Imagine you are running a marathon; Sweating, grunting, breathless effort that fills you with exhaustion and energy all at the same time.  Finally you reach the finish line and everyone cheers.  There are awards and gifts and then the crowd goes off to their busy lives and you are left standing holding a card that says ‘You made it!  You retired!  Your work is done!

Now you figure you can slip into a lower gear and slow down.  But what if the exertion of the race is what kept you going and succeeding, kept you young?  What if a lower gear is just the beginning of a slippery slope?

For many of us pre-retirement is energy.  And energy begets more energy.  Changing our Mondays to Fridays and making everyday a Saturday is not a good thing when it goes on day after day after day.

Passivity is the biggest danger to aging.  We passively watch others live their lives, and we suddenly find ourselves on the fringes of life – looking in.

The life giving sense of urgency can be as simple and the desire to get out of bed and make our tea.  Watching TV doesn’t even have to be passive if we get engaged in what we are seeing or hearing.  Engagement.

And we all have to find our own paths in this.  A list from me isn’t going to help anyone.  I have been retired for seven full years, just beginning my eighth and I am just figuring some of this out.  It’s been on my mind, teased me with niggling thoughts like little pieces of a puzzle and I am just getting enough of a picture ….more to come I am sure.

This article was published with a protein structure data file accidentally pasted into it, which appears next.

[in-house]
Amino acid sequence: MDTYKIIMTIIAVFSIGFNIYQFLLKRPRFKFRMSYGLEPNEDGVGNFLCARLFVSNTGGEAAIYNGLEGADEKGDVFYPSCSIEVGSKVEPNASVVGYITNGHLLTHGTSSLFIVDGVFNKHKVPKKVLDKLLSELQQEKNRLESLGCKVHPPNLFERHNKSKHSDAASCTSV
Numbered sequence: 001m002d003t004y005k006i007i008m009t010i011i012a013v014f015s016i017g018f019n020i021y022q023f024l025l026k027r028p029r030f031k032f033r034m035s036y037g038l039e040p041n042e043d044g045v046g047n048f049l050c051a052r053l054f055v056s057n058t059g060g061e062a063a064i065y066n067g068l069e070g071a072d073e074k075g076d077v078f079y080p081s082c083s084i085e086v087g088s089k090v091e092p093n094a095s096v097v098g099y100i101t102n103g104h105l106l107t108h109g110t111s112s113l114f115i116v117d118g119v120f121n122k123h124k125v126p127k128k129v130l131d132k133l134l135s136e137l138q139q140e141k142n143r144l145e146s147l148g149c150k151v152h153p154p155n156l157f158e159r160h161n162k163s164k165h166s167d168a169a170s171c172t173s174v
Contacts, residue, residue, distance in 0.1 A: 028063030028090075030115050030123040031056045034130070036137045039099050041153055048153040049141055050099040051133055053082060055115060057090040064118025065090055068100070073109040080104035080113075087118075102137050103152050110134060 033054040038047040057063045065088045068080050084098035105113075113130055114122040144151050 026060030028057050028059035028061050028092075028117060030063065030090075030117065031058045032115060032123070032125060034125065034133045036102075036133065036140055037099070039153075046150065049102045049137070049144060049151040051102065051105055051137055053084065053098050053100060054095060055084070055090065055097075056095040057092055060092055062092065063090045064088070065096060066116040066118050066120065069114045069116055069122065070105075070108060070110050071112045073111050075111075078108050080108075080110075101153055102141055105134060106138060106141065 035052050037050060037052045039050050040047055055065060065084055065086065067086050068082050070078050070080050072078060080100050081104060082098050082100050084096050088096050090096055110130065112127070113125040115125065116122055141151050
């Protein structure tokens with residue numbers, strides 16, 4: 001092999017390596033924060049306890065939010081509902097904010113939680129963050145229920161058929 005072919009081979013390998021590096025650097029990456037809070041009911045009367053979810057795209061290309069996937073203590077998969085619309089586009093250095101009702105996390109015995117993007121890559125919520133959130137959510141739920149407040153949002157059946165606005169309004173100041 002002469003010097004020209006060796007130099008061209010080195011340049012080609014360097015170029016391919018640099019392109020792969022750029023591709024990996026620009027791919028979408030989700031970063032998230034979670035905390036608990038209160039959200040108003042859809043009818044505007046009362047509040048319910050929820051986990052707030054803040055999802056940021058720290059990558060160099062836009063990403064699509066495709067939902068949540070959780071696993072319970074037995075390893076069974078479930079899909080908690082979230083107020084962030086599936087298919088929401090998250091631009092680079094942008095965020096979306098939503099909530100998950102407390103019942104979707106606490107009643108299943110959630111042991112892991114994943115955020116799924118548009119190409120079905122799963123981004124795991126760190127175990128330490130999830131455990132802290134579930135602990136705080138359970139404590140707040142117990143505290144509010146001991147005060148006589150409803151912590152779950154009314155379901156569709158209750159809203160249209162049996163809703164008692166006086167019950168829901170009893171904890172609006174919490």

New and Different Stuff

December 9th holds no special meaning to me other than it is, of course, December 9th.  But yesterday was December 8th and it was a day of epiphany, of sorts.

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*this cartoon from Pinterest is just way toooooo real….

I’ve been draggy lately (in terms of months not days), and it occurred to me that my physical exercise had decreased.  Significantly.  Gym had gone by the wayside, swimming drifted away on a tide of farewell, and walking, which I did religiously every day to the tune of ten thousand steps largely took place in my brain only.  Not largely, entirely.  December 8th I thought about just tightening my abds and discovered neither my body nor brain remembered quite how it was supposed to go.  So that got me thinking about today – which of course yesterday was tomorrow.  A day I had already decided would be dedicated to a deep pre-Christmas cleaning, possibly in hopes of St. Nick visiting but more likely due to mating dust bunnies frolicking around my feet.

Well once I decided to do something so outside my nature my brain started thinking.  Why not make it a day of new or different stuff?  Push myself a bit.   I remembered that a few days previous an acquaintance mentioned that there is a program on TV called ‘Healing Yoga’ and it is on at 6 a.m. in the morning.  At the time the term Healing Yoga appealed though the early hour did not.